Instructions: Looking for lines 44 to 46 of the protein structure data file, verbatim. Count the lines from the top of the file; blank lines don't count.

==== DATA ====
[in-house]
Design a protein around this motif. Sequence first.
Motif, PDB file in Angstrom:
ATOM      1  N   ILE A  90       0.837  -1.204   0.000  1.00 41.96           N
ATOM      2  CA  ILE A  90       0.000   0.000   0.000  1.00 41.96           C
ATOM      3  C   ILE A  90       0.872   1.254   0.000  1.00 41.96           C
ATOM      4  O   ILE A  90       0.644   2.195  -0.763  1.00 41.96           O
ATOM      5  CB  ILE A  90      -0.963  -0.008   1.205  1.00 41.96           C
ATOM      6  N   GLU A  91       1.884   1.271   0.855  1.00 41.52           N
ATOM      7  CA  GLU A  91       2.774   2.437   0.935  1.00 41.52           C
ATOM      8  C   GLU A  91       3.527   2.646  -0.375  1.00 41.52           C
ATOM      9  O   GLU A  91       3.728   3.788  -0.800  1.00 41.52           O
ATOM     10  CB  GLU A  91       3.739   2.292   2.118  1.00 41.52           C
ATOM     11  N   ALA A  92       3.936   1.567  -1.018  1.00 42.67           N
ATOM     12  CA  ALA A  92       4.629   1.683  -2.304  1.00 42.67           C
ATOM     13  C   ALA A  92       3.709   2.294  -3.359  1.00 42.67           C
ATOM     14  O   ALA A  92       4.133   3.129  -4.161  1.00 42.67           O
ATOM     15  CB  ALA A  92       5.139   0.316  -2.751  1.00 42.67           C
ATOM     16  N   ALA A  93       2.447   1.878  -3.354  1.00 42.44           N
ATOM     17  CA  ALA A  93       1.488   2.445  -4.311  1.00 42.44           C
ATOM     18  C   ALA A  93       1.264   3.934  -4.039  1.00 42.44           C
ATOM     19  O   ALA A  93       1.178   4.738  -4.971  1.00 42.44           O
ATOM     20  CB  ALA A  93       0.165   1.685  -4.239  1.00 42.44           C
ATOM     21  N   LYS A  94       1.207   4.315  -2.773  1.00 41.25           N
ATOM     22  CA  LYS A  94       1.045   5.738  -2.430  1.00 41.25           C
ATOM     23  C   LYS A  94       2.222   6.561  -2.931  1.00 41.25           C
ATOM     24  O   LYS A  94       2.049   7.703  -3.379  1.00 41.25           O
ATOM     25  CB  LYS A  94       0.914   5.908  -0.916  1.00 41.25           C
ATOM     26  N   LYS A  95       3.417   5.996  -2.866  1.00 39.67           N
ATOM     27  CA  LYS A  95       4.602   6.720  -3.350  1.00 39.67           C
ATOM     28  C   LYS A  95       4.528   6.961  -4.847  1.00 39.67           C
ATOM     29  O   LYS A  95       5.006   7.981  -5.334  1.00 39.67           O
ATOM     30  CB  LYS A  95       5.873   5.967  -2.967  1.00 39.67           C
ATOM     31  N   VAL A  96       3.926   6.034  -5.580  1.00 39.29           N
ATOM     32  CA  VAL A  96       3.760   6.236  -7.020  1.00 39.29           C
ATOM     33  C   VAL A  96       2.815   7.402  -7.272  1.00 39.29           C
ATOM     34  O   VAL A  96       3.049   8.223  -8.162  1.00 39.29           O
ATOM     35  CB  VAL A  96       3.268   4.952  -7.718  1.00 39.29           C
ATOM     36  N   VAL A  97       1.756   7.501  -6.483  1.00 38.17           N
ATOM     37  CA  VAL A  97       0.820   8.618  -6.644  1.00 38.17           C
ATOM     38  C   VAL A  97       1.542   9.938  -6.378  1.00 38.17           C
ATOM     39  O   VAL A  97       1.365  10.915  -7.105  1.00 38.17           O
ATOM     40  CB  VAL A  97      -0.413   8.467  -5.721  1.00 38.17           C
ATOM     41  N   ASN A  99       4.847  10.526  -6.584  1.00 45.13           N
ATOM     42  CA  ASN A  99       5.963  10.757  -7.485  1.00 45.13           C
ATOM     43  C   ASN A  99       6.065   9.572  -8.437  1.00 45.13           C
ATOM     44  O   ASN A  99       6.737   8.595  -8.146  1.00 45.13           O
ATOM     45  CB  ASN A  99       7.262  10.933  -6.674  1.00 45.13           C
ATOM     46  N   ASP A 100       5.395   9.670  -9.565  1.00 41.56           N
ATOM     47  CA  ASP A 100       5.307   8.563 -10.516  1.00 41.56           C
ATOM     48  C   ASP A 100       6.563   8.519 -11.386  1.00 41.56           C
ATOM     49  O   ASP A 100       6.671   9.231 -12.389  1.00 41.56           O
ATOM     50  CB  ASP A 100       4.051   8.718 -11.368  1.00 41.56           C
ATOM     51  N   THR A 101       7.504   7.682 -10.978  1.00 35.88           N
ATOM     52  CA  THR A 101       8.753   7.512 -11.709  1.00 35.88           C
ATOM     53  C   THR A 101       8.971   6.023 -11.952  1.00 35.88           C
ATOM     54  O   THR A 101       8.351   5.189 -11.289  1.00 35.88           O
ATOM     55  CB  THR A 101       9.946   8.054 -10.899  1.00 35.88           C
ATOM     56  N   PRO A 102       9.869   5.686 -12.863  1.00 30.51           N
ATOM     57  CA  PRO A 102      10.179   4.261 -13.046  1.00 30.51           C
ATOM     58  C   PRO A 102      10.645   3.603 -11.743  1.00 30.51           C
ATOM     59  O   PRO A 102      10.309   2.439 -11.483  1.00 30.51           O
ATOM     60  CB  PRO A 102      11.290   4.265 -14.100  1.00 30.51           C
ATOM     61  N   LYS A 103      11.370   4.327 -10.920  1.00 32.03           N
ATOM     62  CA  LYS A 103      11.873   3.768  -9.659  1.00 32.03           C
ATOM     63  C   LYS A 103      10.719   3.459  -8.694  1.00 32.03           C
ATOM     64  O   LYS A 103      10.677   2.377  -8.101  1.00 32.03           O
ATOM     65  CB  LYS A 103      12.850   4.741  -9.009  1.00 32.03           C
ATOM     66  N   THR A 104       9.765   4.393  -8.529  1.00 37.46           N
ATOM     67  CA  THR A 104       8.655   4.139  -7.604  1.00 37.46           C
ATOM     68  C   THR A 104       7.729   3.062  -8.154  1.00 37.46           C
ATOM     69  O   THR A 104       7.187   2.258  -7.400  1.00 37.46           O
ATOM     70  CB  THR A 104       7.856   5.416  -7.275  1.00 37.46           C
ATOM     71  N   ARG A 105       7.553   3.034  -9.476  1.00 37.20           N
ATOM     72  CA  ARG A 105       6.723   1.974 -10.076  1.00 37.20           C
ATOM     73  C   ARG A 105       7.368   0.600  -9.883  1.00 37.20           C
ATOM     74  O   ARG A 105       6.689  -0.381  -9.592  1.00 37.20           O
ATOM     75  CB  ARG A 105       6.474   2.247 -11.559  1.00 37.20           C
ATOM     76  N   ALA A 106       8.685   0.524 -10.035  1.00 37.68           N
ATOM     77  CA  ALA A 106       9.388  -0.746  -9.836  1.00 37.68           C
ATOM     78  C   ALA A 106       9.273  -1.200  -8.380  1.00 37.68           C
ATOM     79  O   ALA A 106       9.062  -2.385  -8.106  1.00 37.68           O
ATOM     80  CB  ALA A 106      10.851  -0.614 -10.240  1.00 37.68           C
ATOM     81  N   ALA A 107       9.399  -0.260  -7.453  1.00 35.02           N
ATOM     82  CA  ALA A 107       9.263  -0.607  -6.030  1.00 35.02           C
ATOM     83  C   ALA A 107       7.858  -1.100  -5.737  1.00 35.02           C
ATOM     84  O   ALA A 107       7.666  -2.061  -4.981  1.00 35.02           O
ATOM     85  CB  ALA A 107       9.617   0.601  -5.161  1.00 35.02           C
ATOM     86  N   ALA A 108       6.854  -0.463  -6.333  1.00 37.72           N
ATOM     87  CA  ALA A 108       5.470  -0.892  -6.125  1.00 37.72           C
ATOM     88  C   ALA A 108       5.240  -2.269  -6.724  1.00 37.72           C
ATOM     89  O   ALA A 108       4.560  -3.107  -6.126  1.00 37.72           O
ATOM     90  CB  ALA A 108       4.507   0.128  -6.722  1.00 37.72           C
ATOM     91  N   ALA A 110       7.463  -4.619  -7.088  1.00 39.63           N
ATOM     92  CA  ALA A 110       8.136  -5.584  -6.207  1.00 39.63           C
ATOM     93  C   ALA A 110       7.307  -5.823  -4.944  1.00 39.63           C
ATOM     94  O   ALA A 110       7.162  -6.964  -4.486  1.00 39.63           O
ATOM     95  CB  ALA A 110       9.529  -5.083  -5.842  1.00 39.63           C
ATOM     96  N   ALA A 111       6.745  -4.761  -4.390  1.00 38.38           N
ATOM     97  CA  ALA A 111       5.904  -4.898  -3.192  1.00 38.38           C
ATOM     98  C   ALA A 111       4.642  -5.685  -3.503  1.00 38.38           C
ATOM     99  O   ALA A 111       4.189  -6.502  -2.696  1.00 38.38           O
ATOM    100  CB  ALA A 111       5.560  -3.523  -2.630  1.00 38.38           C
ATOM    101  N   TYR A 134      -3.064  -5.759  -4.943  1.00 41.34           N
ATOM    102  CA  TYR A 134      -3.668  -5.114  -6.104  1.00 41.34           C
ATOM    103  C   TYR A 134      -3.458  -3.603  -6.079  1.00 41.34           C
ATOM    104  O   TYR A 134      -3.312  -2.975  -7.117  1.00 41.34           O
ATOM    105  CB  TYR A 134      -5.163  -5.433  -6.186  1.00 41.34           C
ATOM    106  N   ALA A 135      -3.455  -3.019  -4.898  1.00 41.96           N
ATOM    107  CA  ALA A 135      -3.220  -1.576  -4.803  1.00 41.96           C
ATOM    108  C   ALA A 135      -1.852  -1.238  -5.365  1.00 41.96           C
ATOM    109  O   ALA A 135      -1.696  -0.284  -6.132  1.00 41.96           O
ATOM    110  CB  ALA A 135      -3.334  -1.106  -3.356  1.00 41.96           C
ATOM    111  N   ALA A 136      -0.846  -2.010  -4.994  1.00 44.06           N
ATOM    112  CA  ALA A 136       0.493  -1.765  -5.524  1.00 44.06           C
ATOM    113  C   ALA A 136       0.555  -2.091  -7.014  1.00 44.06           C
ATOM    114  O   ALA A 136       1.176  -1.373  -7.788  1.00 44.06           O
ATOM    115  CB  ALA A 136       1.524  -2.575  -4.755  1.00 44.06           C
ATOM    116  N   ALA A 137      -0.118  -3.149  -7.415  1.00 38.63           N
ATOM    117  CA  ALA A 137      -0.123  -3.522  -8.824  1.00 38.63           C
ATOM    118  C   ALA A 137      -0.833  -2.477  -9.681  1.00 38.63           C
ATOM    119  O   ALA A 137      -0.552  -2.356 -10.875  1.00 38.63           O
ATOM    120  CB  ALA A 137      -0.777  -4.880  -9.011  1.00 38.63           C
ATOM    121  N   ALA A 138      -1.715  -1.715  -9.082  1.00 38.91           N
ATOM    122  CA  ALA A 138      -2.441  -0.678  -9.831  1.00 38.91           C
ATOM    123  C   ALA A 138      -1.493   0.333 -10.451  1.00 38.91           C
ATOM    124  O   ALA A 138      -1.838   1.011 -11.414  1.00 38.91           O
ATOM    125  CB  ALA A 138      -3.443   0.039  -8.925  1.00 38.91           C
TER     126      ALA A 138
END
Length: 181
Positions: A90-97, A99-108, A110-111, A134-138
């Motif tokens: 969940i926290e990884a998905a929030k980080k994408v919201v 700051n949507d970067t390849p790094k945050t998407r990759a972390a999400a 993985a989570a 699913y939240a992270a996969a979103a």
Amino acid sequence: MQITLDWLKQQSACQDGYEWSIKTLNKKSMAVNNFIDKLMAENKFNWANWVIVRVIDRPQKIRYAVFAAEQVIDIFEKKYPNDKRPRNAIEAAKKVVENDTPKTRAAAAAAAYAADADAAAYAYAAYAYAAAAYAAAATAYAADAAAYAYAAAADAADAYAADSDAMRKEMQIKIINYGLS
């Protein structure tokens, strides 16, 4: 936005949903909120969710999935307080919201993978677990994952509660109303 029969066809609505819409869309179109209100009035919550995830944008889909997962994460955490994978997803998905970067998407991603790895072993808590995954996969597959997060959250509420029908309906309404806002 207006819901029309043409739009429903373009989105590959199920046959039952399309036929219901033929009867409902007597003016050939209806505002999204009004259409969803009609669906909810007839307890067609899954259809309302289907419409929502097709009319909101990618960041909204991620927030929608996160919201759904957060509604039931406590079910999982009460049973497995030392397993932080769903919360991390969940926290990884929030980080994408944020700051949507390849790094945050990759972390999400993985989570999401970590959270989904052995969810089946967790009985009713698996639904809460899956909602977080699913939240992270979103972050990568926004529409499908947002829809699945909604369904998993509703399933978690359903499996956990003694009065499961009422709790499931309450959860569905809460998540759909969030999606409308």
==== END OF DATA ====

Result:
ATOM     41  N   ASN A  99       4.847  10.526  -6.584  1.00 45.13           N
ATOM     42  CA  ASN A  99       5.963  10.757  -7.485  1.00 45.13           C
ATOM     43  C   ASN A  99       6.065   9.572  -8.437  1.00 45.13           C